In the instant case, Rowland's resume, by which he applied to Aetna for employment, recited his training and experience in engineering, particularly in engineering design. Rowland testified that he commenced employment with Aetna with no understanding that he would be paid to design new equipment. He had no written contract with Aetna, nor an oral agreement to assign to it any inventions he designed during his employment; he was not specifically informed that his duties included devising new inventions. In addition, he received no pay increase upon his assignment to the IHI project, but was instructed that he was to develop a "plug mill receiving table" for the IHI mill, the subject of Aetna's project contract with that firm.*fn5 After completion of the table design, Rowland signed a disclosure document for the table as a joint inventor with Remner, who had been his supervisor on the project. Rowland met

[ 343 Pa. Super. Page 76]

    with Aetna's patent attorney to explain the drawings of the table. Upon the company's request, Rowland also signed the application for the patent, which similarly named him and Remner as joint inventors. However, he was later put on lay-off from Aetna; at this time, the latter asked him to assign his interest in the patent to it. He refused. Remner, who also no longer worked for Aetna, assigned his interest. See 35 U.S.C. § 261 ("Ownership; assignment"); Lalance Manufacturing Co. v. National Enameling Co., 108 Fed. 77 (2d Cir. 1901).

On these facts, appellant is not entitled to an assignment of appellee's invention of the table. Appellee was hired as a general staff engineer; he was not recruited specifically to design the IHI table, in contrast to the situation presented in Quaker State, supra. He received no special compensation for his work on the IHI contract; rather, that work was simply within the normal scope of his duties as an Aetna engineer. More importantly, he had no express agreement with appellant, written or oral, to assign to it any inventions he created during his employment. Finally, appellant asked appellee to sign the disclosure document and, most significantly, the patent application, as a joint inventor with Remner: appellant made no claim to the patent until after it had discharged appellee. On these facts, we cannot imply an agreement in appellee's employment contract to assign his invention to appellant.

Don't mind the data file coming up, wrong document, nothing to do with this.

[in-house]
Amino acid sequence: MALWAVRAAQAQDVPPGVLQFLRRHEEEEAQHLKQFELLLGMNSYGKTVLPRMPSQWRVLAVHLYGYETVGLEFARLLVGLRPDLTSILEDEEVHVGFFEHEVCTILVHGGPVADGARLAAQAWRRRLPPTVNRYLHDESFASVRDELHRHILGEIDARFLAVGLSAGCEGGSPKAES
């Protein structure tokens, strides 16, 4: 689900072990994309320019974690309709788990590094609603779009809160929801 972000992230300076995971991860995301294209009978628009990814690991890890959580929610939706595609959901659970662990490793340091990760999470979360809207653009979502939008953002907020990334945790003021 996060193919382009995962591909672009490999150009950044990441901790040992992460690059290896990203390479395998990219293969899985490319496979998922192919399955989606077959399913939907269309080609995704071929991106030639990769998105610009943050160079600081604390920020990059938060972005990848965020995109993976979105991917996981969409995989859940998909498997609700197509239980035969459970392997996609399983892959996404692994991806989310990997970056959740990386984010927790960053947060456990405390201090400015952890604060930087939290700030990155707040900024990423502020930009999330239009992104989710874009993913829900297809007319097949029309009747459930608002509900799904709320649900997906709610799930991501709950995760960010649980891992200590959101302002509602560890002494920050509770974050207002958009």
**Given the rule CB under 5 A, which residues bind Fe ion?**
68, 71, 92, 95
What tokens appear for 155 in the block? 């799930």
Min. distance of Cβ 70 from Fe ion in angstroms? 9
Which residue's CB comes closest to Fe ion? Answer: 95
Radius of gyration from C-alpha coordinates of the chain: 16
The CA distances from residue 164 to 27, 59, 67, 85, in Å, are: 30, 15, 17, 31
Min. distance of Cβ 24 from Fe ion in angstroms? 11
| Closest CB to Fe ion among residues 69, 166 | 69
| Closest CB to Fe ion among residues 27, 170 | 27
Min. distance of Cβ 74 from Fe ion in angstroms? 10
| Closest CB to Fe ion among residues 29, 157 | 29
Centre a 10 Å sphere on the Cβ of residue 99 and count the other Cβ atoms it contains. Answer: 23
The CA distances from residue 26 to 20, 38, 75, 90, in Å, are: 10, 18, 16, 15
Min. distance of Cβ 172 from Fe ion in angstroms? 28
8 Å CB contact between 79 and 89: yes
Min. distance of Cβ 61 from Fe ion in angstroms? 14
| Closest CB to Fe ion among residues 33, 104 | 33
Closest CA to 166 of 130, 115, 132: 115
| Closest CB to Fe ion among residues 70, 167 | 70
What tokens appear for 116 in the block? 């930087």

However, we find that, under the case-law discussed above, appellant has a shop right to use the patented table. Appellee testified that he assumed appellant would own any inventions he designed. The table was designed at appellant's place of business and with its resources for appellant's IHI contract. While appellant has no right to appellee's patent interest, it is entitled to the royalty-free, non-exclusive use of the table in its IHI project.

Finally, it is beyond question that joint inventors or co-owners of a patent have indivisible rights to the whole patent, which rights cannot be fragmented into claim-by-claim

[ 343 Pa. Super. Page 77]

    interests. See Talbot v. Quaker State, supra at 968; GAF Corp. v. Amchem Products, Inc., 514 F.Supp. 943 (E.D.Pa. 1981); 35 U.S.C. § 116 ("Inventors"). Thus, the trial court erred in defining Remner's and Rowland's interests in the instant patent on a per-claim basis. Instead, each inventor had an undivided one-half interest in the entire patent; Aetna owns Remner's half-interest by the latter's assignment.

The decree of the Court of Common Pleas of Butler County is affirmed insofar as it requires appellant to execute documents necessary for appellee to perfect his interest in United States Patent No. 4,037,453 and declares appellant to have a shop right in the patent for the IHI contract. The decree is reversed insofar as it declares appellee and Robert A. Remner to be owners or co-owners of individual claims of the said patent.

Affirmed in part, reversed in part.